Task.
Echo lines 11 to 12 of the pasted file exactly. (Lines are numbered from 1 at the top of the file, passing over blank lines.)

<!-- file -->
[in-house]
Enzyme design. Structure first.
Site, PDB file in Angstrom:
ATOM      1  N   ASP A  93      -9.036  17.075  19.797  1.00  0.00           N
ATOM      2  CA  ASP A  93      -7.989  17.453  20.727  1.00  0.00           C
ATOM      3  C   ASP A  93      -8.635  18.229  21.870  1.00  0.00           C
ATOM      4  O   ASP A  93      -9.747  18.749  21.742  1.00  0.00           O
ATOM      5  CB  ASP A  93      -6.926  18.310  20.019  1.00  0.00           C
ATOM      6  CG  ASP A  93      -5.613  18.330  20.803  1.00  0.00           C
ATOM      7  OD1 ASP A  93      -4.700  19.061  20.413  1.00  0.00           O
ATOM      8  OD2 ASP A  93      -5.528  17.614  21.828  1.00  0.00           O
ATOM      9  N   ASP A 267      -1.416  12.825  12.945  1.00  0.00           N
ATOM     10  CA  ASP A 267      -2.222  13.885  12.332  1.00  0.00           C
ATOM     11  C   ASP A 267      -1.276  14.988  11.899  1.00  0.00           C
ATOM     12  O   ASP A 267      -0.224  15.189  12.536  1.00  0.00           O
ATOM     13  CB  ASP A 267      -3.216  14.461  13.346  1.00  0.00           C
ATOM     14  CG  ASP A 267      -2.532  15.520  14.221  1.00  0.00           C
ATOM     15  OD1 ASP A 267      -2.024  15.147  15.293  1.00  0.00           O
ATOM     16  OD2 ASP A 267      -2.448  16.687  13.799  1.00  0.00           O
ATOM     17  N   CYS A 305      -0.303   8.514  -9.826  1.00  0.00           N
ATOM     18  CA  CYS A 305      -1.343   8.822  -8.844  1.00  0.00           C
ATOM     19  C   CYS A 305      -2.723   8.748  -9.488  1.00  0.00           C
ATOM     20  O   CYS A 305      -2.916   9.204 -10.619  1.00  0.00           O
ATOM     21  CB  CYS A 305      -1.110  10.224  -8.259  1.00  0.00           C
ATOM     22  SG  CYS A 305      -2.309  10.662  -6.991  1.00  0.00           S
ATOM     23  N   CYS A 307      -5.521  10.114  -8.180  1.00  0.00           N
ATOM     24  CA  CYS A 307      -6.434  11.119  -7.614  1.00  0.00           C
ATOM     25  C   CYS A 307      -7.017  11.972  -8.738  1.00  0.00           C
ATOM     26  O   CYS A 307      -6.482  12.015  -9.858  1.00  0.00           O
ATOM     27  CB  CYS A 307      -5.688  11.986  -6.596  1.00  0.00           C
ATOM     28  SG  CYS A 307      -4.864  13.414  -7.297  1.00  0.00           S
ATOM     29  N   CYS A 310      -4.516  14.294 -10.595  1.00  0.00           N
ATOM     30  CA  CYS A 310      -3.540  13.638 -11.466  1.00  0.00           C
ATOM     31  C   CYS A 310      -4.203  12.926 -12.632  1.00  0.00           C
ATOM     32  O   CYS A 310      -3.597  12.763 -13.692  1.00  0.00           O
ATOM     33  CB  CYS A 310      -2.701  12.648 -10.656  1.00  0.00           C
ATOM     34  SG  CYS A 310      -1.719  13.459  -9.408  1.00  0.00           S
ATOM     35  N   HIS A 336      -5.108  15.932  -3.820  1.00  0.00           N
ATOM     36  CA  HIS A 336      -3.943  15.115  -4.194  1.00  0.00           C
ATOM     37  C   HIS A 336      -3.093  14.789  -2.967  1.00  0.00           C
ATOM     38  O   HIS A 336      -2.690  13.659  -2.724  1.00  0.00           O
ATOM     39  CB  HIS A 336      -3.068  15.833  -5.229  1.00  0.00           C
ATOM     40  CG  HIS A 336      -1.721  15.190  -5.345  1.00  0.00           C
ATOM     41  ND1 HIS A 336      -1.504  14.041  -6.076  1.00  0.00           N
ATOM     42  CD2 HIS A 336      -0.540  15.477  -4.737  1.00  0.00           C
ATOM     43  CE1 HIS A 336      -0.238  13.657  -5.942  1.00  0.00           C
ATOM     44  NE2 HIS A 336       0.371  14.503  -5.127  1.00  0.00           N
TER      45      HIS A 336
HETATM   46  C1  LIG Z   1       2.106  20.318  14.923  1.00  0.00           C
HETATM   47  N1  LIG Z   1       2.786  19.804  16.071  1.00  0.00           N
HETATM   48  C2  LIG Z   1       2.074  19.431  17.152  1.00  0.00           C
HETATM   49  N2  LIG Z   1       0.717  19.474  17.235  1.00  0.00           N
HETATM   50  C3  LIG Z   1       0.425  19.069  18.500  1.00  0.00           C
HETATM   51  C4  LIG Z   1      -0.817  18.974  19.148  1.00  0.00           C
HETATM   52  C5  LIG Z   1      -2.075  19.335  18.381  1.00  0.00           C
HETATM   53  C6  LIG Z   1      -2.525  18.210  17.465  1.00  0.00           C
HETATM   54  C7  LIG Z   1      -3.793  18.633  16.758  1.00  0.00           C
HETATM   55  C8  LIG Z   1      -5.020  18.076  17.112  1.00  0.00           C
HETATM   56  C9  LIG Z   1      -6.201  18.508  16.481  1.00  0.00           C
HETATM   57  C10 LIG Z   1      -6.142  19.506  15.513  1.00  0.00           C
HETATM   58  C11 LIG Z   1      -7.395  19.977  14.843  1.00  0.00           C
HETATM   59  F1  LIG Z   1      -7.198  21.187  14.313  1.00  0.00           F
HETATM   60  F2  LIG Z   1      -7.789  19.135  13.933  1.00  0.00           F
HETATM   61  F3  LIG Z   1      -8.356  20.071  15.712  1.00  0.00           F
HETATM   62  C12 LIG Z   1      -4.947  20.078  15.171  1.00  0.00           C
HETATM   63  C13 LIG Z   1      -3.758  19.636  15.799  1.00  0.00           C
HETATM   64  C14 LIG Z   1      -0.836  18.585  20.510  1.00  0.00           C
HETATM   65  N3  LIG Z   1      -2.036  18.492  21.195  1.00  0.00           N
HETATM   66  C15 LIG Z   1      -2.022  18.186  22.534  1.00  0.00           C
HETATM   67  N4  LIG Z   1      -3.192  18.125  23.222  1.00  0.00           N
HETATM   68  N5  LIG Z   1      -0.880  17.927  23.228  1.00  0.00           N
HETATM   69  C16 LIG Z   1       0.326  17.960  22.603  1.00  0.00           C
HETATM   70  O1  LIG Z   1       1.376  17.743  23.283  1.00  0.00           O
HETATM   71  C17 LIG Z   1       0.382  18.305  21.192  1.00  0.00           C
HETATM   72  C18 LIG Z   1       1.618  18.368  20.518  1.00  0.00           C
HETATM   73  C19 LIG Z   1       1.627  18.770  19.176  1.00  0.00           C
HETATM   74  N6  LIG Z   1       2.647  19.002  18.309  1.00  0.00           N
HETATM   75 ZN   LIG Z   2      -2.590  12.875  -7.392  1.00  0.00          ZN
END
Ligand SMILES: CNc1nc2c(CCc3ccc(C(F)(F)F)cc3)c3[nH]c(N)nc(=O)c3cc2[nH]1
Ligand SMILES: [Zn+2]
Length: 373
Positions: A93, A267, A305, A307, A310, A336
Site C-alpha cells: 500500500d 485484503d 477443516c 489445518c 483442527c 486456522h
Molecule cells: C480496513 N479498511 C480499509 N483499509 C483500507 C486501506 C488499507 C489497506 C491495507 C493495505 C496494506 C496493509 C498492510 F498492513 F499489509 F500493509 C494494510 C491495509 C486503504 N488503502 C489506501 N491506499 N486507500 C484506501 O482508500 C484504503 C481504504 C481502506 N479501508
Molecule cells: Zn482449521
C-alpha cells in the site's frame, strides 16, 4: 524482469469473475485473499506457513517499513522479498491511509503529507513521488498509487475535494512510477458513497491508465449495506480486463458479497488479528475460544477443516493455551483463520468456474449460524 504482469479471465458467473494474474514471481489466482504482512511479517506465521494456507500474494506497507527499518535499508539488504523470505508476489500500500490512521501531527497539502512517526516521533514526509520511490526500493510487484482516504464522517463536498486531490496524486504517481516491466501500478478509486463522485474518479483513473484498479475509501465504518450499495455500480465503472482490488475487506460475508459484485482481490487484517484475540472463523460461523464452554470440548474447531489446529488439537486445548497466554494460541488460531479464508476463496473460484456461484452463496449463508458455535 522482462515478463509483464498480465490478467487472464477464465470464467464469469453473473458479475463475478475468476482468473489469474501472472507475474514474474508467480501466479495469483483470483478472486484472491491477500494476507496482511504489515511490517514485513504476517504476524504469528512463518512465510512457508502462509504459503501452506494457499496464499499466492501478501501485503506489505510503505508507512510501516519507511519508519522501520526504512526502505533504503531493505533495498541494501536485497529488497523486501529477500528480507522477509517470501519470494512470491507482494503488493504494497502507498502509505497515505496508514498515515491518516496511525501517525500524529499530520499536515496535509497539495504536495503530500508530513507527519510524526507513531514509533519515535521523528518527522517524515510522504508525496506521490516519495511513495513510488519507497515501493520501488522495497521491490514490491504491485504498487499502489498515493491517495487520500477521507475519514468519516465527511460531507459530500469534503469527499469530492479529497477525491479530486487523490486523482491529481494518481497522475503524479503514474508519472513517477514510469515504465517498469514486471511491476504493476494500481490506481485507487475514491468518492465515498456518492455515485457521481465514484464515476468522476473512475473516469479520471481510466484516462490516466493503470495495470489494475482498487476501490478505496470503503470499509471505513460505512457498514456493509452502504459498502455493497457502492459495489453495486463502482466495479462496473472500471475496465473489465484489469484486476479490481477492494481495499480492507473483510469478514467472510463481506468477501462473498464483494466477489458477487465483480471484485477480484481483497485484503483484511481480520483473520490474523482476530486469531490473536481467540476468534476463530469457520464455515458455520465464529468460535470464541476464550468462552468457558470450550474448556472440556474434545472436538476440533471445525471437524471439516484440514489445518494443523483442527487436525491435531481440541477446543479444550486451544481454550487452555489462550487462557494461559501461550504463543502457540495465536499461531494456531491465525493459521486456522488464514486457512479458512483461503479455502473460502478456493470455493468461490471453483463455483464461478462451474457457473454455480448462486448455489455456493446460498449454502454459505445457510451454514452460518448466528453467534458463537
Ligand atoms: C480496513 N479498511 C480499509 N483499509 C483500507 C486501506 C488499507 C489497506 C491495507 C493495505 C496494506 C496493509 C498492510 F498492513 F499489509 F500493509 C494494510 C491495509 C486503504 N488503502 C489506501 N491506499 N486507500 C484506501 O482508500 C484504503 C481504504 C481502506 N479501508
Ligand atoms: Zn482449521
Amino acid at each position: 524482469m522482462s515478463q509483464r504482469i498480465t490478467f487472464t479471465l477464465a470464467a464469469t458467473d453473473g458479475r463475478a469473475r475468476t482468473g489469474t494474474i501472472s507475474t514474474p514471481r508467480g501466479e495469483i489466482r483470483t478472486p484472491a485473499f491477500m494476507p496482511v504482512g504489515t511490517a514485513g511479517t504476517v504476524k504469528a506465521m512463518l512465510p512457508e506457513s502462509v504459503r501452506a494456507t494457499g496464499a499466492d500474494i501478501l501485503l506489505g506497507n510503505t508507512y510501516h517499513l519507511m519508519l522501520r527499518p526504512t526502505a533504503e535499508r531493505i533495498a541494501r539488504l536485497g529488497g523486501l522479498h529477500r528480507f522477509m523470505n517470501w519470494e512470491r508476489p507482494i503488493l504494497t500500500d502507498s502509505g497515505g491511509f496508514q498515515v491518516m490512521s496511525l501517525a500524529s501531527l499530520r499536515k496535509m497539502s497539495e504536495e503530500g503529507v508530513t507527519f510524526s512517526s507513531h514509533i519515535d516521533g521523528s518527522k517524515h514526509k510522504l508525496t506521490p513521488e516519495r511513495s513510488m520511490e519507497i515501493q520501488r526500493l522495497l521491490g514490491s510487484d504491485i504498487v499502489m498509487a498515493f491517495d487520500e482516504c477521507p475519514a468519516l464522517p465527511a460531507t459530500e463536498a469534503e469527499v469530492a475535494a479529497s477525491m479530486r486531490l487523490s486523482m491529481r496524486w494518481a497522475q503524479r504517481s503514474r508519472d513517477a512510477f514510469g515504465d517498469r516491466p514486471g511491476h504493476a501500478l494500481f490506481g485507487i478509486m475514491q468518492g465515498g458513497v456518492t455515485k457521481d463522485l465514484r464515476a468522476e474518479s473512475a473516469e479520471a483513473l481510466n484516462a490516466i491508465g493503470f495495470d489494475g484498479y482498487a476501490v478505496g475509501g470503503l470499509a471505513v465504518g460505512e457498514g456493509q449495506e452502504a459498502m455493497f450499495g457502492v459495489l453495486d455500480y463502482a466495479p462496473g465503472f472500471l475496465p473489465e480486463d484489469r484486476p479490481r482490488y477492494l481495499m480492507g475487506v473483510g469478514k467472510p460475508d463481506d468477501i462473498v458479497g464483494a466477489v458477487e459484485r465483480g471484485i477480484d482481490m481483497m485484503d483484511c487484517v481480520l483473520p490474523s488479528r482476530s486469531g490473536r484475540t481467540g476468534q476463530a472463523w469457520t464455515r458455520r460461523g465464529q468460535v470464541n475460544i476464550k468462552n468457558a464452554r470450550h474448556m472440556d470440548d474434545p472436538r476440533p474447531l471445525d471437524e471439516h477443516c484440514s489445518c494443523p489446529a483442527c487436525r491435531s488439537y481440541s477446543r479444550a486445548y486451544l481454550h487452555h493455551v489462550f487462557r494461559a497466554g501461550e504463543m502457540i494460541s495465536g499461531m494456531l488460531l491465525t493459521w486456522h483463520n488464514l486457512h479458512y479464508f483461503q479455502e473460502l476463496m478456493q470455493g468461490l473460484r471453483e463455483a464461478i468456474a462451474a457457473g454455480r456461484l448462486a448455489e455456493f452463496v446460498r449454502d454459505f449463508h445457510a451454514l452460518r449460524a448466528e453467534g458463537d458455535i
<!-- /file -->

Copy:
ATOM      8  OD2 ASP A  93      -5.528  17.614  21.828  1.00  0.00           O
ATOM      9  N   ASP A 267      -1.416  12.825  12.945  1.00  0.00           N